Gaeilge: A Radical Revolution was launched on Friday afternoon, 15th of March, with Conradh na Gaeilge in An Siopa Leabhar as part of Seachtain na Gaeilge.
The room was packed full of people to listen as the panel discussed the current state of the Irish language, current efforts to revive it, and what more needs to be done.
Author of Gaeilge: A Radical Revolution, Caoimhín De Barra, said that one of the important things to consider when discussing the Irish revival is: “What do we mean when we say we want to revive Irish – what is the end goal? What do we hope to achieve?” Without a goal, how is a plan to be crafted to achieve that goal?
When he was asked why the book is written in English instead of Irish and who the target audience is, Caoimhín said: “I suppose I’m aiming for that 70% of Irish people who want to be able to speak Irish, but can’t.”
Journalist, presenter and broadcaster, Bláthnaid Ní Chofaigh, chaired the panel discussion. She described the need to “discuss the Irish language in a different way. Move away from discussing it as just an academic subject, because for those of us who speak Irish on a daily basis it’s more than an academic subject, it’s our life, it’s our identity, it’s all those things. Now because of this book, I realise I have a condition, called post-traumatic stress disorder, because of being colonised, that’s why I am the way I am!”
Caoimhín, who lives in America and is raising his children there through Irish, has a unique perspective on the language. Bláthnaid Ní Chofaigh spoke of the benefits of his rare vantage: “Sometimes it takes an author living on the other side of the world looking in on us, giving us maybe a better sense of who we are and what we are.”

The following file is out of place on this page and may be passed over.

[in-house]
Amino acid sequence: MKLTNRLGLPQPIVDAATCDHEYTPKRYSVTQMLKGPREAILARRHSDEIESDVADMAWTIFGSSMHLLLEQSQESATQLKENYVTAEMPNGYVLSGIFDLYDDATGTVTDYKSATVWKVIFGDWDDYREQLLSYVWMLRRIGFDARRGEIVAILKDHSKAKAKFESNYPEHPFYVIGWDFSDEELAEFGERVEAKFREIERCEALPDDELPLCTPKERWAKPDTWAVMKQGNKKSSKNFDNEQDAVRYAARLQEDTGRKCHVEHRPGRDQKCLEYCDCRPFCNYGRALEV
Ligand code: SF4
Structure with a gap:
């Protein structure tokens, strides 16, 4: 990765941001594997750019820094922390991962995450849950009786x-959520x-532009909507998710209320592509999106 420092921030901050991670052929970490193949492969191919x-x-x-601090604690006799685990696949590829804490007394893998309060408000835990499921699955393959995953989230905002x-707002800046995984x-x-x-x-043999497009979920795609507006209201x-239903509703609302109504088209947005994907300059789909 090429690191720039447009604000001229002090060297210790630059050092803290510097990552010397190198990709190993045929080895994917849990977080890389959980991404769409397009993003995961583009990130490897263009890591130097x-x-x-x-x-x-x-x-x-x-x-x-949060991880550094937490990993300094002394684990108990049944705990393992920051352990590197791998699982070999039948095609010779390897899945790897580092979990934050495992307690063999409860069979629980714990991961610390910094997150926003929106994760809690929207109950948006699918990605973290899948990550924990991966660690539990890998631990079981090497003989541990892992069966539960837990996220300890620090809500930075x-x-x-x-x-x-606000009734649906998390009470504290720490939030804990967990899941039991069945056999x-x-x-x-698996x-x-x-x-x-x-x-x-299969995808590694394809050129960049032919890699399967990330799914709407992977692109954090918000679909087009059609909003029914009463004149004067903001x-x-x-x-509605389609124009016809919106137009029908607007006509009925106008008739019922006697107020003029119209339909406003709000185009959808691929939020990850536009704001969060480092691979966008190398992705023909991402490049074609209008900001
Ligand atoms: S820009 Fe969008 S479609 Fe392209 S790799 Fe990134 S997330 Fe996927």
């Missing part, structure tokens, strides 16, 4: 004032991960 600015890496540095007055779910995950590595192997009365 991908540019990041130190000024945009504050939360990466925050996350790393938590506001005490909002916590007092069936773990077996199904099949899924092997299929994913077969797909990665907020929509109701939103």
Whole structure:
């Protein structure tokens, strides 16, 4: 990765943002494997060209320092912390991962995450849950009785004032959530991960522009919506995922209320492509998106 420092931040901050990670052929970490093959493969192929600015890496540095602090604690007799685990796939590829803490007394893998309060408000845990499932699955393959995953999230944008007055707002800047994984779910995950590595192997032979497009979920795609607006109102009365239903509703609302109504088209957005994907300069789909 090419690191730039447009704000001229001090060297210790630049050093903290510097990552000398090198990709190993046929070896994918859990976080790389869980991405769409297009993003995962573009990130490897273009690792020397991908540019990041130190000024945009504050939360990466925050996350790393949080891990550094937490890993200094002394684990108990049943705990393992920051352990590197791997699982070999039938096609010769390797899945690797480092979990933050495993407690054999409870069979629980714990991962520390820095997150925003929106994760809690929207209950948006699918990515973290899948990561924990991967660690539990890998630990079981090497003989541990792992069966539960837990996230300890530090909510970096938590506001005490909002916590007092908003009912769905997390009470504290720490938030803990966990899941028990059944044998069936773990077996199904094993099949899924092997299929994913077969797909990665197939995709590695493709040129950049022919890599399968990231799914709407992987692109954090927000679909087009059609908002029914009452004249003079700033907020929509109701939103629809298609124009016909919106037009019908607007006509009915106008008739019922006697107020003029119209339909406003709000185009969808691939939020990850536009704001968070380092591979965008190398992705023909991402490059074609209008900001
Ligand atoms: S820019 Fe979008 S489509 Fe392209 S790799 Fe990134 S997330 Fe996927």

On the panel, Harry McGee, political correspondent with The Irish Times, said that in order to keep the language alive people need a motive and “we need to make the language as available as possible in people’s lives”.
He went on to say: “When I look the Irish language, I look at the Gaeltacht and I sometimes despair. But when I look at what’s happening in the cities and the new places, with the growth of the Gaelscoil movement, I can see a modicum of hope in relation to the future of the language. It mightn’t be the pure, ancient language that we had on the Aran Islands, it’d be more urban, slightly jagged Irish, without that purity of pronunciation, and that purity of expression, but that happens to every language. If you look at English now, as she is spoken, it is hard to compare it to the language that was spoken 300, 400 years ago. But every language is a living thing.”
Áine Ní Bhreisleáin, RTÉ Radió na Gaeltachta, saw a huge need for a plan of action when it comes to the Irish language “I don’t want, in another 50 years, people going ‘Do Not Resuscitate’ and we’re still saying we’re here, we’re breathing, we’re living, it’s still a language, we’re here speaking it.”
If you want to read more about the position of Irish in Ireland, the myths that have built up around it, and a radical plan to restore it as the first language of the people of Ireland you can buy your own copy of Gaeilge: A Radical Revolution by clicking here.